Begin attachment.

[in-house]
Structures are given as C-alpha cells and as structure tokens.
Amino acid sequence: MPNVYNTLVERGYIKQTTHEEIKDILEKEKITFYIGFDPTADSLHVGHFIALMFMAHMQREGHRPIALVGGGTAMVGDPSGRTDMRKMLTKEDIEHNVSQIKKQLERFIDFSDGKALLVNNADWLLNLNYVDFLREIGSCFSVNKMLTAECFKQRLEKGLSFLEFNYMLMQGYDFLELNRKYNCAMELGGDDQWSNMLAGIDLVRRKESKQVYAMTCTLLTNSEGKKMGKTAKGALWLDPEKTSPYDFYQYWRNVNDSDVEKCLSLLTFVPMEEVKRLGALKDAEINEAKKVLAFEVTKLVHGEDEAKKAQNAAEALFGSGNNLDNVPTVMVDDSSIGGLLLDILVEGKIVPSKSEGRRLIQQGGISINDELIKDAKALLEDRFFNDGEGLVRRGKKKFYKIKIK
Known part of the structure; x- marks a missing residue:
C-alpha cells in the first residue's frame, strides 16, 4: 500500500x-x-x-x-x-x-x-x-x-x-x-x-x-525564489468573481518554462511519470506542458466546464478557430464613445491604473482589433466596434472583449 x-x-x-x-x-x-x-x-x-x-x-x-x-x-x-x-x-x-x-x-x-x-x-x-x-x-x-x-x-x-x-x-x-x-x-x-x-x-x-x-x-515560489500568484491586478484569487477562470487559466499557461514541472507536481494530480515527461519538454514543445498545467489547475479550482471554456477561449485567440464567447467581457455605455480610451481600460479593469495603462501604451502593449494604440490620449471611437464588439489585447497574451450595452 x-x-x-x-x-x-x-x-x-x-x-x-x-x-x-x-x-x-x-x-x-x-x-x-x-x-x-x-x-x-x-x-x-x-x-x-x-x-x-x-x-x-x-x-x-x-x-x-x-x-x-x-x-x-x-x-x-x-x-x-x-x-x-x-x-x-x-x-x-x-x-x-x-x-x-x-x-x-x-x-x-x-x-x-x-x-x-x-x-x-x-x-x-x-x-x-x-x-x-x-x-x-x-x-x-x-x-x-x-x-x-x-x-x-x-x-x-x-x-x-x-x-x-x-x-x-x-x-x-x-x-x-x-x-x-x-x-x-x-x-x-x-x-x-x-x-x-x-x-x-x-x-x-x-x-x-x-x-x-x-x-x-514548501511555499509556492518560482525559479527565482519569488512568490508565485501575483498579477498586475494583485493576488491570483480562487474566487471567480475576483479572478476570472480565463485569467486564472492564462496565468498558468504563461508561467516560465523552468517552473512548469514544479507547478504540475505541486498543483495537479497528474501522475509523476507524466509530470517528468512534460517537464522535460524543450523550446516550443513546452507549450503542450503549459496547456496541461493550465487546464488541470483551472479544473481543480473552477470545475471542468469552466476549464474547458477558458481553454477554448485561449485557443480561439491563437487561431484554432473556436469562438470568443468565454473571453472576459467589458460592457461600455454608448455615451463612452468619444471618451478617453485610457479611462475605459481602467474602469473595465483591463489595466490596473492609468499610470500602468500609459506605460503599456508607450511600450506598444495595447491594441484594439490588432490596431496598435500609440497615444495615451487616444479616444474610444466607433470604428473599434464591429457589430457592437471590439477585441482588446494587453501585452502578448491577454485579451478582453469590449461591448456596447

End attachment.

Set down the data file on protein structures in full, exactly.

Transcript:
[in-house]
Structures are given as C-alpha cells and as structure tokens.
Amino acid sequence: MPNVYNTLVERGYIKQTTHEEIKDILEKEKITFYIGFDPTADSLHVGHFIALMFMAHMQREGHRPIALVGGGTAMVGDPSGRTDMRKMLTKEDIEHNVSQIKKQLERFIDFSDGKALLVNNADWLLNLNYVDFLREIGSCFSVNKMLTAECFKQRLEKGLSFLEFNYMLMQGYDFLELNRKYNCAMELGGDDQWSNMLAGIDLVRRKESKQVYAMTCTLLTNSEGKKMGKTAKGALWLDPEKTSPYDFYQYWRNVNDSDVEKCLSLLTFVPMEEVKRLGALKDAEINEAKKVLAFEVTKLVHGEDEAKKAQNAAEALFGSGNNLDNVPTVMVDDSSIGGLLLDILVEGKIVPSKSEGRRLIQQGGISINDELIKDAKALLEDRFFNDGEGLVRRGKKKFYKIKIK
Known part of the structure; x- marks a missing residue:
C-alpha cells in the first residue's frame, strides 16, 4: 500500500x-x-x-x-x-x-x-x-x-x-x-x-x-525564489468573481518554462511519470506542458466546464478557430464613445491604473482589433466596434472583449 x-x-x-x-x-x-x-x-x-x-x-x-x-x-x-x-x-x-x-x-x-x-x-x-x-x-x-x-x-x-x-x-x-x-x-x-x-x-x-x-x-515560489500568484491586478484569487477562470487559466499557461514541472507536481494530480515527461519538454514543445498545467489547475479550482471554456477561449485567440464567447467581457455605455480610451481600460479593469495603462501604451502593449494604440490620449471611437464588439489585447497574451450595452 x-x-x-x-x-x-x-x-x-x-x-x-x-x-x-x-x-x-x-x-x-x-x-x-x-x-x-x-x-x-x-x-x-x-x-x-x-x-x-x-x-x-x-x-x-x-x-x-x-x-x-x-x-x-x-x-x-x-x-x-x-x-x-x-x-x-x-x-x-x-x-x-x-x-x-x-x-x-x-x-x-x-x-x-x-x-x-x-x-x-x-x-x-x-x-x-x-x-x-x-x-x-x-x-x-x-x-x-x-x-x-x-x-x-x-x-x-x-x-x-x-x-x-x-x-x-x-x-x-x-x-x-x-x-x-x-x-x-x-x-x-x-x-x-x-x-x-x-x-x-x-x-x-x-x-x-x-x-x-x-x-x-514548501511555499509556492518560482525559479527565482519569488512568490508565485501575483498579477498586475494583485493576488491570483480562487474566487471567480475576483479572478476570472480565463485569467486564472492564462496565468498558468504563461508561467516560465523552468517552473512548469514544479507547478504540475505541486498543483495537479497528474501522475509523476507524466509530470517528468512534460517537464522535460524543450523550446516550443513546452507549450503542450503549459496547456496541461493550465487546464488541470483551472479544473481543480473552477470545475471542468469552466476549464474547458477558458481553454477554448485561449485557443480561439491563437487561431484554432473556436469562438470568443468565454473571453472576459467589458460592457461600455454608448455615451463612452468619444471618451478617453485610457479611462475605459481602467474602469473595465483591463489595466490596473492609468499610470500602468500609459506605460503599456508607450511600450506598444495595447491594441484594439490588432490596431496598435500609440497615444495615451487616444479616444474610444466607433470604428473599434464591429457589430457592437471590439477585441482588446494587453501585452502578448491577454485579451478582453469590449461591448456596447